US president Donald Trump’s election campaign has grown increasingly focused on making inroads in Pennsylvania to offset potential vulnerabilities in other battleground states.
Mr Trump will travel to the state for the second time in a week on Saturday, hoping to attract the same rural and white working-class voters who delivered a narrow victory for him in 2016.
The in-person touch, in what may become the most important battleground in November’s poll, complements an aggressive get-out-the-vote operation that has been working for four years to find new voters by knocking on doors in competitive neighbourhoods.
Mr Trump narrowly flipped three Great Lakes states – Michigan, Pennsylvania and Wisconsin – from blue to red in 2016.
He has virtually no path to re-election without keeping at least one of those states out of Democratic challenger Joe Biden’s hands in November. The president’s campaign has long viewed Wisconsin as his best option, but Republican strategists have indicated their thinking has begun to shift.
There are growing concerns inside the campaign about Mr Trump’s ability to retain Wisconsin.
Even winning that upper mid-west battleground would not provide the required votes if Mr Biden claims Arizona.
But Pennsylvania, which has the joint fourth-most electoral college votes, would be enough.
“With Pennsylvania, I don’t have to make a play, we’ve got Pennsylvania,” Mr Trump boasted at a rally on Tuesday night just outside Pittsburgh.
However, that may be harder than the president suggests.
Despite fervent Republican efforts, no nominee for the party since George HW Bush in 1988 had captured the state until Mr Trump did four years ago, winning by just 44,000 votes out of nearly 5.9 million ballots cast.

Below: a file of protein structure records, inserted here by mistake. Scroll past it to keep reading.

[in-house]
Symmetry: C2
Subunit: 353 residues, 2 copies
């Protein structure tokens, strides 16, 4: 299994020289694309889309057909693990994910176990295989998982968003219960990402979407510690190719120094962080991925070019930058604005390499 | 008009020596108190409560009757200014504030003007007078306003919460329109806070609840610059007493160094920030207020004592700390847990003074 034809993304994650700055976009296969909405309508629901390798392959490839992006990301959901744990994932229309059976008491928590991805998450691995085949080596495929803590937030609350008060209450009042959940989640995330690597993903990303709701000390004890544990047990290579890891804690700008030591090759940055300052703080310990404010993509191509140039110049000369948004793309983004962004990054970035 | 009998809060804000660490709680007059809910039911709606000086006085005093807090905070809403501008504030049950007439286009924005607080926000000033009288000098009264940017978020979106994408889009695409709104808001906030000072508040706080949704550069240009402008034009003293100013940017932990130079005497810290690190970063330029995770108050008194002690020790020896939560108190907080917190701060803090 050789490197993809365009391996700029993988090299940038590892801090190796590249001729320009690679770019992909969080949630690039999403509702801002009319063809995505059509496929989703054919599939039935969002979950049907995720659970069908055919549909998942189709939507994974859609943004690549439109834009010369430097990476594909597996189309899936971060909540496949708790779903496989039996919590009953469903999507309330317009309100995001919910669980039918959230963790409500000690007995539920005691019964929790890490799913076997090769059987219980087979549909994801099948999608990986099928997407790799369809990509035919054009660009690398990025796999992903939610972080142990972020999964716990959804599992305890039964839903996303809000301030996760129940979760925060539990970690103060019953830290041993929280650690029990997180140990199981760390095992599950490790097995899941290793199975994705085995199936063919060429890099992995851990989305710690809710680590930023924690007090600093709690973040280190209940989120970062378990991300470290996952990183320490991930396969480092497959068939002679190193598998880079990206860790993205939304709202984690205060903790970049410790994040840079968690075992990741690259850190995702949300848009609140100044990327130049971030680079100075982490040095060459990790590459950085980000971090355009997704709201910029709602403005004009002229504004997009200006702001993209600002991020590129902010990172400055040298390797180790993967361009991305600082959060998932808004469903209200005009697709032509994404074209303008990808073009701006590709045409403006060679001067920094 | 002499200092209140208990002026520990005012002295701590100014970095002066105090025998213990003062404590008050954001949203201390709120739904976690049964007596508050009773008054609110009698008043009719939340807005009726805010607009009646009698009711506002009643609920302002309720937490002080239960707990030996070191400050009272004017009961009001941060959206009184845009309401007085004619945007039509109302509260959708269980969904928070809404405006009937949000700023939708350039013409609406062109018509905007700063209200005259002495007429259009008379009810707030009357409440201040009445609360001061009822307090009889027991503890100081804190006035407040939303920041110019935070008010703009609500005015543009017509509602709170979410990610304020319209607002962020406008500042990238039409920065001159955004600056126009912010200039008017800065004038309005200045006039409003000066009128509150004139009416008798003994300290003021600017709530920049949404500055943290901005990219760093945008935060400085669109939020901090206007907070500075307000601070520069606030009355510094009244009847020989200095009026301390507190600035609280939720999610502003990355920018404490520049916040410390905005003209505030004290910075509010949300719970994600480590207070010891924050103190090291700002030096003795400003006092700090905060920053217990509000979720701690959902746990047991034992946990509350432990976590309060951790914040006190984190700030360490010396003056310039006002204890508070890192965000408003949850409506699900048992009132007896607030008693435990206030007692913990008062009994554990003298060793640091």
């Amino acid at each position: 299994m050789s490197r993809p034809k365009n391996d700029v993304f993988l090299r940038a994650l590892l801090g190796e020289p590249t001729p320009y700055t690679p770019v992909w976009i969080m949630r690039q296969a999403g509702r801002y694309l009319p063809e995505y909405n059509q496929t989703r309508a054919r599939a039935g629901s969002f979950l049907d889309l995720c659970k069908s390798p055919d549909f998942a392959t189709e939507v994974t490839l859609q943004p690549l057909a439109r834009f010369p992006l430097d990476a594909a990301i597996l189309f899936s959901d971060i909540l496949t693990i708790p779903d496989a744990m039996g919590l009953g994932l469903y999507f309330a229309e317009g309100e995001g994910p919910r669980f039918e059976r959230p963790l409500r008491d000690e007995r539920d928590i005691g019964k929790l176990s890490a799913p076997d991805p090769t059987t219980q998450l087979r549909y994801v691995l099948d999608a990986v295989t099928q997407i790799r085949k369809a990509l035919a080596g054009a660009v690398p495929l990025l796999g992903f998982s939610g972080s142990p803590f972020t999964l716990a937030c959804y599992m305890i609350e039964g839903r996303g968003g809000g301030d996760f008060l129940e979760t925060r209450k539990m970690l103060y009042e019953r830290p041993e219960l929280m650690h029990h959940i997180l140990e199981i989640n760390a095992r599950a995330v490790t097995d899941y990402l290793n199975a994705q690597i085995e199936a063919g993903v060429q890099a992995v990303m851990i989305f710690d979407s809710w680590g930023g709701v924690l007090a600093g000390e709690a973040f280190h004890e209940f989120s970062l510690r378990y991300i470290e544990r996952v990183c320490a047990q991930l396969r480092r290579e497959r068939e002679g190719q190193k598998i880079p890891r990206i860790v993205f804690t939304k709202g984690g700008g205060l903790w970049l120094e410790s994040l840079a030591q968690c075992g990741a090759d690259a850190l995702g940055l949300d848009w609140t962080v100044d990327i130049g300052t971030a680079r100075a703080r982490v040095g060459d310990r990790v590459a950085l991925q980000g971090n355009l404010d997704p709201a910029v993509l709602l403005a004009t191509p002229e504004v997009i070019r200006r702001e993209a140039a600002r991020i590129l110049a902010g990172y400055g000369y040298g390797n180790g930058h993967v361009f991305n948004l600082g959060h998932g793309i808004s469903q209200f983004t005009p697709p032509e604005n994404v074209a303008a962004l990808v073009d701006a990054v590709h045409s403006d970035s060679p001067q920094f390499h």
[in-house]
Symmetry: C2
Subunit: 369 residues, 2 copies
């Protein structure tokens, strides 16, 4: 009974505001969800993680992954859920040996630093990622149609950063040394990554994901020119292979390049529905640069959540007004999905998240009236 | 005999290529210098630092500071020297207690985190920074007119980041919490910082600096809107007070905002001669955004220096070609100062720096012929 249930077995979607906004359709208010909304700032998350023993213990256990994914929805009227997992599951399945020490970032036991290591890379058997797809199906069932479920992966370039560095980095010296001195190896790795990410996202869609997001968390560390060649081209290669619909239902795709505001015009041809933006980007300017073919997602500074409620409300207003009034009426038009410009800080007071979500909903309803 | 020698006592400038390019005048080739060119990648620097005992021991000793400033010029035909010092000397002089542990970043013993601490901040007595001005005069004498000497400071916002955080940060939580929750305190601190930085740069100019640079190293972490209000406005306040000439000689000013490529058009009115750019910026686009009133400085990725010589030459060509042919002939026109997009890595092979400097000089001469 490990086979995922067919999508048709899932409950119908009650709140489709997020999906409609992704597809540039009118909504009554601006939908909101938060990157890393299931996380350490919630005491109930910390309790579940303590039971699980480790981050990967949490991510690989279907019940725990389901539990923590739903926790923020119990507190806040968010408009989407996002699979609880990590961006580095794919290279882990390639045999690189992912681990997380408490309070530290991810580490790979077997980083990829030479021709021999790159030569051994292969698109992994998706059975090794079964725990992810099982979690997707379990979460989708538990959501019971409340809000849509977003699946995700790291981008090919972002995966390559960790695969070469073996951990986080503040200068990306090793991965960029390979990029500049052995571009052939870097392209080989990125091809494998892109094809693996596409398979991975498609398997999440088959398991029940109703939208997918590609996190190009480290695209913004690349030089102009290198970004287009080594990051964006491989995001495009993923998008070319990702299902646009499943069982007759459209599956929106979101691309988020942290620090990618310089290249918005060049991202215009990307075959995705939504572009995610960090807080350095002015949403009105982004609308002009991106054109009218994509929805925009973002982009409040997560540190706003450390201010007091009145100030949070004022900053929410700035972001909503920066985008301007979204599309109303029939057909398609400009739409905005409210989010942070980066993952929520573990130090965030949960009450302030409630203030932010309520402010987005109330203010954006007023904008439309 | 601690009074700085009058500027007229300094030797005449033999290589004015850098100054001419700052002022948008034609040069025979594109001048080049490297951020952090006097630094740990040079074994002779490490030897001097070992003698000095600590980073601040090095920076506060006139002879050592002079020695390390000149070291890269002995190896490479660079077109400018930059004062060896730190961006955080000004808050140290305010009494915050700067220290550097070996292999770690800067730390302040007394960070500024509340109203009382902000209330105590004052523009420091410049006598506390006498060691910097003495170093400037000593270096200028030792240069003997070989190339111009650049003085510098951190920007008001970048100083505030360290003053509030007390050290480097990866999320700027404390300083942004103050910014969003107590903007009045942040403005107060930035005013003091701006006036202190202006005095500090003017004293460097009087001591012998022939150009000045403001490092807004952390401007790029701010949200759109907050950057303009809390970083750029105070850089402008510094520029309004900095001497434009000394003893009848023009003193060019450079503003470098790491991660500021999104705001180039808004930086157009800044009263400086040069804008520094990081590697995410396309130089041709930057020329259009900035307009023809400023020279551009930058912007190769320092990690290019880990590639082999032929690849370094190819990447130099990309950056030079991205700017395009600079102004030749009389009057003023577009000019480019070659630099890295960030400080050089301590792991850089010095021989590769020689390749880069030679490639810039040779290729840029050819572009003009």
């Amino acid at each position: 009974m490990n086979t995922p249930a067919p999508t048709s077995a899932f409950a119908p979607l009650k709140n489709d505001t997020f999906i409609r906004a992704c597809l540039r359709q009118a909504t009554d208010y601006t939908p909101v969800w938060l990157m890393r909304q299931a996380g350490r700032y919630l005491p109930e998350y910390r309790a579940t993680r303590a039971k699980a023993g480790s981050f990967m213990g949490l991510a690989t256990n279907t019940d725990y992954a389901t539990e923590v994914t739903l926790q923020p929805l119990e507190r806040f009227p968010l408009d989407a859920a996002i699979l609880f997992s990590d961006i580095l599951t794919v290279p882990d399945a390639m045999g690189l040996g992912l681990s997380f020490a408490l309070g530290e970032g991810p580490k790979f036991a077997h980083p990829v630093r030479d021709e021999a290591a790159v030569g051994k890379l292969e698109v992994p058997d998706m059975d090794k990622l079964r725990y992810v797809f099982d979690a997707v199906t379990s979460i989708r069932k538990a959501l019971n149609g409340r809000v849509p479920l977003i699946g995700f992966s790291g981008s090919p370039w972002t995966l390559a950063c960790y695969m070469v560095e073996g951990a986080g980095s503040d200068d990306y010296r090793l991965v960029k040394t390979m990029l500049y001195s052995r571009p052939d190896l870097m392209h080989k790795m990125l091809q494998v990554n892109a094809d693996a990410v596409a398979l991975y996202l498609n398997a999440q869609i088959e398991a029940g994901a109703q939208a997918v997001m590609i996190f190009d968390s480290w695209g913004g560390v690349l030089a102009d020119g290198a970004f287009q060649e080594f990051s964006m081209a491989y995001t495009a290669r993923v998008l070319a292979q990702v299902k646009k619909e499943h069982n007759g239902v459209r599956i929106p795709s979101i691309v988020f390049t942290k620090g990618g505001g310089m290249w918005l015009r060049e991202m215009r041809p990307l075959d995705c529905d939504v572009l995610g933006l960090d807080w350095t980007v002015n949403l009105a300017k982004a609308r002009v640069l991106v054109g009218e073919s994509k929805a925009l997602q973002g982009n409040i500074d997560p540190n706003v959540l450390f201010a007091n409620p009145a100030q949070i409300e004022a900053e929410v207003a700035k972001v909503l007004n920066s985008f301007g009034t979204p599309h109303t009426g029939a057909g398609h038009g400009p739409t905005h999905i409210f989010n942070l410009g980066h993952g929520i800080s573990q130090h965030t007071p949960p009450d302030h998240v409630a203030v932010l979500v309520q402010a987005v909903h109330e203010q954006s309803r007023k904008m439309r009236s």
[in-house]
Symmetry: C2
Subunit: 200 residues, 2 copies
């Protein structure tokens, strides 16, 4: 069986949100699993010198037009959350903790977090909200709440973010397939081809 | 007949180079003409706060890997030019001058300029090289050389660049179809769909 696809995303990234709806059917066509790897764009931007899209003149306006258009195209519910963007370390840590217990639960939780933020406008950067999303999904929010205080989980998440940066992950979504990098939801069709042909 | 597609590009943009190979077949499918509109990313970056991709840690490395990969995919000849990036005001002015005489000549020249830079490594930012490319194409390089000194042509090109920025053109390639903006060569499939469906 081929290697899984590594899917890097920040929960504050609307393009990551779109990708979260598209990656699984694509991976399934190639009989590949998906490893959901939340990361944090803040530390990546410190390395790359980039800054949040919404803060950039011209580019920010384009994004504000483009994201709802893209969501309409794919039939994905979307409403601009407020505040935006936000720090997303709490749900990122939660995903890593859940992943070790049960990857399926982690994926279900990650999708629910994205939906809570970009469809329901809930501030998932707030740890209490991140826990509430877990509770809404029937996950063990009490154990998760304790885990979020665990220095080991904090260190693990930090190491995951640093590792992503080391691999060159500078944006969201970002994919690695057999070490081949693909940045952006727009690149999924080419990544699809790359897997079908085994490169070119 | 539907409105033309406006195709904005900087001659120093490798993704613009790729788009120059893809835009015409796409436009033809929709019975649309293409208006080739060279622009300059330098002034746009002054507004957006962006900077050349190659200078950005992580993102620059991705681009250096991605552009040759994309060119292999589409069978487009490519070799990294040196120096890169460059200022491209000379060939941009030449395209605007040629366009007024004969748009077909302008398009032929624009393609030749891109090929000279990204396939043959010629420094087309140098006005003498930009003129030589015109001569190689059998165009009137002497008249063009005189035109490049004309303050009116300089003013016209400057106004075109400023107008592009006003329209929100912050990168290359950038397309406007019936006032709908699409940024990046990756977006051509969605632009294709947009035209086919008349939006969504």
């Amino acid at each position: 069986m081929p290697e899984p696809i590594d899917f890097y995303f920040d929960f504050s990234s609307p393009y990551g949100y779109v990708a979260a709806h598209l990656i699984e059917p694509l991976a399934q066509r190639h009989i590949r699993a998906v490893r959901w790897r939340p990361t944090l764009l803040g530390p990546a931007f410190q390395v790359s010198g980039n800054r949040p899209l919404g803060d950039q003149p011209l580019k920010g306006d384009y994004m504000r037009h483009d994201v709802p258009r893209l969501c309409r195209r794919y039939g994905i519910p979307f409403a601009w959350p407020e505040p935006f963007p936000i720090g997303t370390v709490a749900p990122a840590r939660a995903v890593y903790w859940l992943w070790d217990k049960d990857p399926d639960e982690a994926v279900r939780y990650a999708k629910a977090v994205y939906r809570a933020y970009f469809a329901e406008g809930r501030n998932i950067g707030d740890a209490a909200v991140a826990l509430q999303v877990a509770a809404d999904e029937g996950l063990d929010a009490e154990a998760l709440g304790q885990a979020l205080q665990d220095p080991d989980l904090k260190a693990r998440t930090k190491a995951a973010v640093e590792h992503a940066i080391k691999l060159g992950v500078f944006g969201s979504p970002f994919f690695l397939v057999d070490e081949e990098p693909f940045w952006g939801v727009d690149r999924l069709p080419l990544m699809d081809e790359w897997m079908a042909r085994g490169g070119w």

And as someone born in Scranton, Mr Biden is also heavily focused on the state.
Recent Pennsylvania polls disagree over the state of the race. Some show Mr Trump and Mr Biden neck-and-neck, while others have the challenger slightly ahead of the president.
And just as Florida became associated with delays and controversies after the state put George W Bush in the White House in 2000, Pennsylvania may have its own drama looming which could provide the tipping point for the 2020 poll.
With three million or more voters expected to cast ballots by mail, members of congress, party officials and election staff are warning that the conditions are ripe for a presidential election result to be left hanging in limbo on a drawn-out vote.
A partisan stalemate and lawsuits have held up efforts to fix glitches in the state’s fledgling mail-in voting law, and Democrats are warning that as many as 100,000 or more mail-in ballots – dubbed “naked ballots” – could be invalidated if they are not put in the proper envelope by people unaccustomed to voting by mail.
Pennsylvania is anchored by large cities – Philadelphia to the east, and Pittsburgh to the west – on opposite ends, each with sprawling suburbs. But the rest of the state is largely rural, comprised of small cities and towns where Mr Trump scored heavily four years ago.
He will likely need to do this again, as his re-election prospects have slipped since 2016 in vote-rich suburban Philadelphia, where he underperformed by past Republican measures, raising the stakes on his campaign’s more aggressive outreach to new rural and small-town voters across the industrial north.
Despite the pandemic, Mr Trump’s campaign has prioritised in-person events.
The president and his allies are also hitting hard in TV ads, accusing Mr Biden of wanting to ban fracking, a sensitive topic in America’s number two natural gas state, behind Texas.
While Mr Biden insists he does not want to ban fracking broadly – he wants to ban it on federal lands and make electricity production fossil-fuel free by 2035 – it may make it harder for him to win back rank-and-file union members who work on an expanding network of pipelines, power plants and processing facilities.
Mr Biden may have an advantage in getting his message out in the state. He has outspent the president by more than two-to-one in Pennsylvania from last spring through this month, according to data from Kantar/CMAG.
From April through to mid-September, Mr Biden had spent 27 million dollars (£21 million) compared with the Trump campaign’s 12.5 million dollars (£9.8 million).